The trendy, contentious electric scooters will make their Sacramento debut this week.
A city spokesperson confirmed on Monday that Jump — the Uber-owned company responsible for the hundreds of bright-red electric bikes on streets throughout Sacramento, West Sacramento and Davis — plans to deliver new “e-scooters” any day now.
“They’re looking to bring in about 50 at the end of this week,” explained Jennifer Donlon-Wyant, a specialist with the city who focuses on active transportation issues.
The e-scooters have been praised as an eco-friendly means of transportation in urban areas. But there are critics: from business owners and pedestrians who lament how they often block sidewalks to physicians claiming an uptick in head injuries caused by high-speed crashes.
The Jump e-scooters can travel up to 15 miles-per-hour. It is illegal under California law to ride any scooters on the sidewalk, however, and while Sacramento’s agreement with Jump allows them to operate, they cannot leave scooters blocking sidewalks.
“At this point, they [the scooters] can’t be locked, but city regulations do require that they be parked at a bike rack,” Wyant explained.
The city is currently working on updated regulations for the e-scooters and bikes, which they call “shared ridables. The amended rules include charging companies a fine of $15 every time a device is parked improperly, a penalty that would presumably be passed along to the user.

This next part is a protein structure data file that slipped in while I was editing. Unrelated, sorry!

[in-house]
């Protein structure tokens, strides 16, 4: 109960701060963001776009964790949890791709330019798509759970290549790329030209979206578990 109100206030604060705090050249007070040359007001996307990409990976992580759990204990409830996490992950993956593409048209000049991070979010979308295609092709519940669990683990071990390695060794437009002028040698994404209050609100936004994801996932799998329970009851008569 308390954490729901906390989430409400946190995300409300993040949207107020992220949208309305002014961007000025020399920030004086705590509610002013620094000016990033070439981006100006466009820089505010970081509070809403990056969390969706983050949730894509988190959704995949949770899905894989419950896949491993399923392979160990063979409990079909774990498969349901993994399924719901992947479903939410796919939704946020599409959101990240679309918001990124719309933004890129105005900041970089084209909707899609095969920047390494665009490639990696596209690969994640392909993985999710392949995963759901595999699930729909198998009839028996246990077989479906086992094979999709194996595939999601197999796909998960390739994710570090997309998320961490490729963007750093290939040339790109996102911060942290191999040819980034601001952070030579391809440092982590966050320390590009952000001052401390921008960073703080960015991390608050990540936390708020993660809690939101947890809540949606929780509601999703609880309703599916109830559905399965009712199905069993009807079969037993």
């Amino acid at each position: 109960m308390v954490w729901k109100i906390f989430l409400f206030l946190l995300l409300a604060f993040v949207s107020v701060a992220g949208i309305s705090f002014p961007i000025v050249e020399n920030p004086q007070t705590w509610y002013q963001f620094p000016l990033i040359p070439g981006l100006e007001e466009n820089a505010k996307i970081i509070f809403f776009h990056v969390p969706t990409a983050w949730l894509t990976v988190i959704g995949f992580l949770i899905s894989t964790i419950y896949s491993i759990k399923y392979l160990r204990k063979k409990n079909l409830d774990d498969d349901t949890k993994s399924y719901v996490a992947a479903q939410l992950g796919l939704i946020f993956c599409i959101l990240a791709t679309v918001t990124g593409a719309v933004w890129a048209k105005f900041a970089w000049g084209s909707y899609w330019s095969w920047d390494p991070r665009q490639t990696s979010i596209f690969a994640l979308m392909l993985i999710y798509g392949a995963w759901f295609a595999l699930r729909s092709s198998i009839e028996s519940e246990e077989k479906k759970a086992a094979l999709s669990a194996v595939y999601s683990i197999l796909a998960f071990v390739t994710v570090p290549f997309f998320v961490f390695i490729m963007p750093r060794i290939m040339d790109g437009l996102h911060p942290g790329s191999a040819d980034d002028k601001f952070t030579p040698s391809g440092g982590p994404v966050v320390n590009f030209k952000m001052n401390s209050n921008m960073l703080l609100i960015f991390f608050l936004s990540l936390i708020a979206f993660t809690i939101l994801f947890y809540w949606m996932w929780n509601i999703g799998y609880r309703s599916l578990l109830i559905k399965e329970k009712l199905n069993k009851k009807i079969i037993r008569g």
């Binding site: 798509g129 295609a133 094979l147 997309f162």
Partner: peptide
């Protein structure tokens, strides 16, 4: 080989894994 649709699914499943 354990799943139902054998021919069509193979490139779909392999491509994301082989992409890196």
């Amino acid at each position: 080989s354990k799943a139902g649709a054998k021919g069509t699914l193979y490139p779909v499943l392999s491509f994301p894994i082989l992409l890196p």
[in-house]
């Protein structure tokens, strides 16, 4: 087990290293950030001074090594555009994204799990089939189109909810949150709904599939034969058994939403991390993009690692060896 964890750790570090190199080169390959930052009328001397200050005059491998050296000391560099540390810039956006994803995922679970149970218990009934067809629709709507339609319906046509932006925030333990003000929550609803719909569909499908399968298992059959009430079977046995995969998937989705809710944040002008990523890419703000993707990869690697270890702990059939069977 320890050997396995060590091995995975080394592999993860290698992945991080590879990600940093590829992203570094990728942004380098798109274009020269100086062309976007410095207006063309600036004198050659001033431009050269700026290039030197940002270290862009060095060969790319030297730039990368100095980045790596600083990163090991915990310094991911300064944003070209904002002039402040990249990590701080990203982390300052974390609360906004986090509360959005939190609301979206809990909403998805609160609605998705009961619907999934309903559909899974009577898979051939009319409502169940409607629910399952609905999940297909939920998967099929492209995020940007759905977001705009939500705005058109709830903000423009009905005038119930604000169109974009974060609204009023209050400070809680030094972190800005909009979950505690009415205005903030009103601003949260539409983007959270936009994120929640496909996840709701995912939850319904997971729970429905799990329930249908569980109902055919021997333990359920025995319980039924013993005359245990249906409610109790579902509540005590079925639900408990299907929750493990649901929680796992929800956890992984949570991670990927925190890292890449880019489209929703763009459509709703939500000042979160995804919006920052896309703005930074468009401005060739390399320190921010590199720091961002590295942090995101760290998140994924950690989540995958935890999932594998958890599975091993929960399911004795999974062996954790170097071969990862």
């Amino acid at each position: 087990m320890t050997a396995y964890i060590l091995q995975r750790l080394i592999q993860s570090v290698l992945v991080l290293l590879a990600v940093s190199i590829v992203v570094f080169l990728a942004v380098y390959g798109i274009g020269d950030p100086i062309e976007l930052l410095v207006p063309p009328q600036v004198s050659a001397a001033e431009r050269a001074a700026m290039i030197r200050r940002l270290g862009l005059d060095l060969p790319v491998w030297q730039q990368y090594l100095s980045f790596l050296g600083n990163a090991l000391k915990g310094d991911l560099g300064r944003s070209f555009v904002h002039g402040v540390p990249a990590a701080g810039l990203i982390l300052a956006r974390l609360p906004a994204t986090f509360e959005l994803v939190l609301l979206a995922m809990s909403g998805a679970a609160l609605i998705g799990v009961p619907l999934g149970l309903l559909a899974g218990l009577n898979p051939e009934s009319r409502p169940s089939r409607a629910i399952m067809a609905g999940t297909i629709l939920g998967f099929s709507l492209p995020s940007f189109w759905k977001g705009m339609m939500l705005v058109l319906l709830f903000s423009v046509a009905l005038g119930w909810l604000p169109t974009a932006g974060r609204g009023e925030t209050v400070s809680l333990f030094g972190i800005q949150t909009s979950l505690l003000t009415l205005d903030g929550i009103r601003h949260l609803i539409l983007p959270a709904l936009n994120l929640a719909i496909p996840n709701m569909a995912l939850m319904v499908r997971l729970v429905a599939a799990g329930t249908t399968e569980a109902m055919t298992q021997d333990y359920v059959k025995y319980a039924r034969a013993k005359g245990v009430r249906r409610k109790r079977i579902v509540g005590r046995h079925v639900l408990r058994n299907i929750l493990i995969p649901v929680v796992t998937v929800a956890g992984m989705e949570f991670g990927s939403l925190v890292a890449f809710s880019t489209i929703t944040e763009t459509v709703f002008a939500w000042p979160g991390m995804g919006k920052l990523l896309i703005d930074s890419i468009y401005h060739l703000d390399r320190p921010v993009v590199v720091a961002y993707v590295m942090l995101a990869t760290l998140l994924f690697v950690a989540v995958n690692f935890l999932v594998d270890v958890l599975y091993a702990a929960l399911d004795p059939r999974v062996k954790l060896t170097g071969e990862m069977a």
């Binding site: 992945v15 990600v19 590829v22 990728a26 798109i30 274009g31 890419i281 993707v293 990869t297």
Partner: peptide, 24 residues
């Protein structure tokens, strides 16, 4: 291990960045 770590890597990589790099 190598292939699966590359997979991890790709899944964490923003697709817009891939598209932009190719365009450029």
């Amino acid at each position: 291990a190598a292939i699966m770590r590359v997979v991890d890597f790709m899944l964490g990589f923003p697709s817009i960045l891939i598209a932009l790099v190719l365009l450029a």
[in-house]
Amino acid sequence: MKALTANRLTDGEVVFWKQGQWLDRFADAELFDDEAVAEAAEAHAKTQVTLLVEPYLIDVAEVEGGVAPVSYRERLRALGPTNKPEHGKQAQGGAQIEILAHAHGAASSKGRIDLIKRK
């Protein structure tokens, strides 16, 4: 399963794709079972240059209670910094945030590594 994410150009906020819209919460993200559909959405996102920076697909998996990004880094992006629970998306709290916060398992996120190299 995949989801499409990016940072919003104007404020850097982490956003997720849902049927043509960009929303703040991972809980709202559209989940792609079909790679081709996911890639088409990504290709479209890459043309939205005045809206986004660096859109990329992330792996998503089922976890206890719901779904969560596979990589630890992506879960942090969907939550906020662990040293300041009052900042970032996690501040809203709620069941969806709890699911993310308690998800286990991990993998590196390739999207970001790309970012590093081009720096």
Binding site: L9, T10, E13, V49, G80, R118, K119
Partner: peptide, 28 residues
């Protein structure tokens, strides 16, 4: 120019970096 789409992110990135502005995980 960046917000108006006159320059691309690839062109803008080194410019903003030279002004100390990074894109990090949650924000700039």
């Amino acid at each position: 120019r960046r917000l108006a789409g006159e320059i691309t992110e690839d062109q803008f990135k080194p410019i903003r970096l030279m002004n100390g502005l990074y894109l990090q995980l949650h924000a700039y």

The fines are just a proposal for now; a city committee will take up the issue and other new regulations during a committee meeting on Tuesday.
Equity is also a big component of the city's new proposed rules, including a staff plan that would require companies to place more bikes in "opportunity areas,” such as underserved communities and along transit corridors.
The city also wants to have companies debut scooters in phases, so that hundreds of them don't arrive at once and overwhelm Midtown and downtown.
Wyant says Sacramento is currently in discussions with multiple vendors who want to bring more scooters and e-bikes to the city. “We’ve been talking to Bird, to Lime, to Skip, to Scoot. There’s a whole number of them,” she said.
“It’s pretty exciting, it’s a new way of moving people around. And if we can find ways to move people other than their single occupancy vehicle, I think this is a good thing,” Wyant added.
Where to park all these new toys? The city wants to build its own locations, and then charge e-bike and scooter companies fees to pay for construction of the parking docks.
If the amendments to the city’s shared rideables ordinances passes City Council in March, the new rules would go into effect this April.